12.8 C
New York
Wednesday, March 22, 2023

Note in Trump’s personal ledger was ‘deleted’ before copy was sent to grand jury, Trump Organization exec says

A note in Donald Trump’s personal ledger was deleted before his company turned over a copy to a grand jury investigating the Trump Organization for fraud, a company executive acknowledged in court Thursday.

The revelation came during the third day of sworn testimony by Trump Organization controller Jeffrey McConney, whose appearance in the company’s criminal report in New York. fraud trial stalled for more than a week after tested positive for COVID-19 November 1st.

McConney was shown a page from Trump’s ledger, an accounting of expenses paid from Trump’s personal coffers, provided to prosecutors by the accounting firm Mazars USA. Beneath a ledger entry for a 2012 payment of more than $30,000 to a private school is the phrase “by Allen Weisselberg,” referring to the company’s former chief financial officer who in August entered a guilty plea to fraud and tax evasion.

McConney was then shown a copy of the same 2012 personal ledger page provided by the Trump Organization to a Manhattan grand jury in 2021. The phrase “by Allen Weisselberg” appeared to be missing.

“Somebody can log into the general ledger program, they can change the descriptions,” McConney testified.

“Are you saying that someone came in and deleted the phrase ‘per Allen Weisselberg’?” prosecutor Joshua Steinglass asked.

“Yes,” McConney replied. Under further questioning, McConney was unable to say who deleted the entry.

Senior Vice President and Controller of the Trump Organization Jeffrey McConney
Trump Organization Senior Vice President and Controller Jeffrey McConney returns to court after a break in the company’s fraud trial, on November 1, 2022, in New York.

Seth Wenig/AP

The Manhattan District Attorney’s Office in 2021 indicted the Trump and Weisselberg Organization on more than a dozen criminal charges related to allegations that certain executives received “indirect” tax-free compensation in the form of luxury perks, including apartments. in Manhattan and private school tuition. The company maintains its innocence of all charges.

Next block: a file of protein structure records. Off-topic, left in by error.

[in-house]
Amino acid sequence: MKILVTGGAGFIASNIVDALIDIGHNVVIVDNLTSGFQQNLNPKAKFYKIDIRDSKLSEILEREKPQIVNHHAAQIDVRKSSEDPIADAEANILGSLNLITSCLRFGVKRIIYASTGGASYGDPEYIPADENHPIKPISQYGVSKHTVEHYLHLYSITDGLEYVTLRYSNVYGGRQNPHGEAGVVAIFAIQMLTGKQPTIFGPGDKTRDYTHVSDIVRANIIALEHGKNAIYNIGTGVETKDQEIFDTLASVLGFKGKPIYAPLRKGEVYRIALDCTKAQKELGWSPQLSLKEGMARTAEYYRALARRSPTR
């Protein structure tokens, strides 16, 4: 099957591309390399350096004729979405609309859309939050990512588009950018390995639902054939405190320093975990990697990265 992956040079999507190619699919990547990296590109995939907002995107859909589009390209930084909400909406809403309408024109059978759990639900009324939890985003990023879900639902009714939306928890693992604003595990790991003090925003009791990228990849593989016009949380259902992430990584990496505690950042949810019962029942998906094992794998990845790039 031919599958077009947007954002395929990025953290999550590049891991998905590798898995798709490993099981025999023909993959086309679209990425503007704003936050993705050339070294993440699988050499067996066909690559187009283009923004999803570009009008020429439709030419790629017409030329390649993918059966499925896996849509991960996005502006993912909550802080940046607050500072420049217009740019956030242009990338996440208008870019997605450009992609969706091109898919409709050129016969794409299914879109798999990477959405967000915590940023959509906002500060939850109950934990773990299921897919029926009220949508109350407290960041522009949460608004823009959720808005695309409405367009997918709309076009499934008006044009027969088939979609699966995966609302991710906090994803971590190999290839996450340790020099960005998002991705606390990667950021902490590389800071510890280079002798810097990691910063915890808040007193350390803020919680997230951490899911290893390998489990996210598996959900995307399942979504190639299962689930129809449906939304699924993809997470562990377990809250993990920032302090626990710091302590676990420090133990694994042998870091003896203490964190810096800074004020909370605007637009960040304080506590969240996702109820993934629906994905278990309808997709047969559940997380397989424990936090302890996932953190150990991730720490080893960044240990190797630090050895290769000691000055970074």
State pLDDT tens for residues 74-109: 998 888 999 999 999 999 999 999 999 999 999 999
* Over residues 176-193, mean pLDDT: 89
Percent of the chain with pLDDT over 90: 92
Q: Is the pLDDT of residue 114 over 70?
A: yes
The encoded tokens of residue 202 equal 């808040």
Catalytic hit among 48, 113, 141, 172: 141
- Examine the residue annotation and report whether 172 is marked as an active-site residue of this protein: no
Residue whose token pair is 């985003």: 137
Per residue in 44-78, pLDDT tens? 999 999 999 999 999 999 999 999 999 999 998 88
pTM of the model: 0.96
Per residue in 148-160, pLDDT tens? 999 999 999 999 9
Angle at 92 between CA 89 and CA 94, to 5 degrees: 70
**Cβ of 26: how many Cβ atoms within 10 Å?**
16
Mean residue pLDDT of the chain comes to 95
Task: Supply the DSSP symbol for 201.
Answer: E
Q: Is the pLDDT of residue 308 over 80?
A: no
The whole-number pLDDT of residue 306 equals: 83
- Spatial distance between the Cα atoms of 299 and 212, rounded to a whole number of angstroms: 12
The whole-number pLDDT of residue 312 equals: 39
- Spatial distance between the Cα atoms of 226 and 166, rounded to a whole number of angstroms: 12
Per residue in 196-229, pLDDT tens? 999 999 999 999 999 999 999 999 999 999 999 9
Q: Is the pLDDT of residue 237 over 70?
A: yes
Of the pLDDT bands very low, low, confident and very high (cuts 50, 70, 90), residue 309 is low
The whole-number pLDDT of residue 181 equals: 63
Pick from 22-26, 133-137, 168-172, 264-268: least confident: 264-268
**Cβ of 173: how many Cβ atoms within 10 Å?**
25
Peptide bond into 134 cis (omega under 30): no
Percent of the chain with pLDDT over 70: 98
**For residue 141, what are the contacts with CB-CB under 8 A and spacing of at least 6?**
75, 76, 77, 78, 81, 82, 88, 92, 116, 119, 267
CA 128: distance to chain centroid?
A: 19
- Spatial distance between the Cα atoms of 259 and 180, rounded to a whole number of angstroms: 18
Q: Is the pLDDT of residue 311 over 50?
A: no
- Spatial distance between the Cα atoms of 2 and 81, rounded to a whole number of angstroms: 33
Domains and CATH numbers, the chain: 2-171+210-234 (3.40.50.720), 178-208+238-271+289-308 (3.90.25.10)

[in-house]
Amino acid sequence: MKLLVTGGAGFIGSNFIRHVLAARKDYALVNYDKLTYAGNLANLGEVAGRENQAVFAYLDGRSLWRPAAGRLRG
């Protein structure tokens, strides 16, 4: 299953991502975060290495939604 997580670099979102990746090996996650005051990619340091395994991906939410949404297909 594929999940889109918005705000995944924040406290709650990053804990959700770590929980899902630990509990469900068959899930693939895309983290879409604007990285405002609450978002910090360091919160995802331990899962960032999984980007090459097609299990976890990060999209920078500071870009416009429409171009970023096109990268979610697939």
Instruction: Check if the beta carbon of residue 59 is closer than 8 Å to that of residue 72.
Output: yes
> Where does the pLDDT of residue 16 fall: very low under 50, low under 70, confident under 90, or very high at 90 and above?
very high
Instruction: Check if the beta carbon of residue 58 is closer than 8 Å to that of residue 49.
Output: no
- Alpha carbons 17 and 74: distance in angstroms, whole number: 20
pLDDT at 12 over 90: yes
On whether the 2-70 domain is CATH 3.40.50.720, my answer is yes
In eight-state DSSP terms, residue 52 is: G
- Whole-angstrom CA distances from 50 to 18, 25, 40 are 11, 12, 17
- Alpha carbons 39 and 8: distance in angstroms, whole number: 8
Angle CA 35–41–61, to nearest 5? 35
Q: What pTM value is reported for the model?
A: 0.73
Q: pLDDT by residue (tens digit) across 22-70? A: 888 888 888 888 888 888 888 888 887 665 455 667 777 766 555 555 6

McConney was the first witness called by prosecutors to the stand, but his testimony came to an abrupt halt during the second day of the trial on Nov. 1, when he tested positive for COVID. Earlier in the day, McConney testified that after Trump took office as President of the United States in 2017, longtime company counsel oversaw an internal review of the company’s tax practices, prompting the Trump Organization to “do things differently.”

Steinglass then asked if the review led to changes in “some of the practices that gave rise to these charges.”

McConney said, “Yes, sir.”

Prosecutors allege that company executives for more than a decade used a variety of methods to “hide” luxury benefits from tax authorities.

One method alleged by prosecutors is that the executives were paid in part each year as if they were independent contractors for various entities of the Trump Organization.

McConney said Thursday that a Mazars accountant at one point told him not to pay a Trump Organization lawyer that way, because “there was concern that (he) might lose his legal license.”

“Made [the accountant] tell you that he was not a ‘fan’ of this practice for any employee?” Steinglass asked.

“I think those are the words he used, yes,” McConney replied.

McConney said Thursday that the company stopped this payment practice in 2017 or 2018. Asked by Steinglass if the “2017 cleanup” was started because Trump became president, McConney said he believed it was a “coincidence.”

“No one specifically told me that this change was because Mr. Trump became President Trump,” McConney said.

In February, Mazars USA notified the Trump Organization that it was retraction of a decade of annual financial statements prepared for Trump and his businesses, writing in a letter to the company that “they should no longer be trusted.” Mazars cited information that had emerged in police investigations into his decision to cut ties with the Trump Organization.

The company’s lawyers said in their opening statements that there was no company fraud scheme, but that Weisselberg only concealed that he was not paying taxes on the profits.

Weisselberg, who agreed to testify in the case as part of his plea deal, is expected to be called as a witness during the trial. He will be sentenced after the company trial.

Related Articles


Please enter your comment!
Please enter your name here

Latest Articles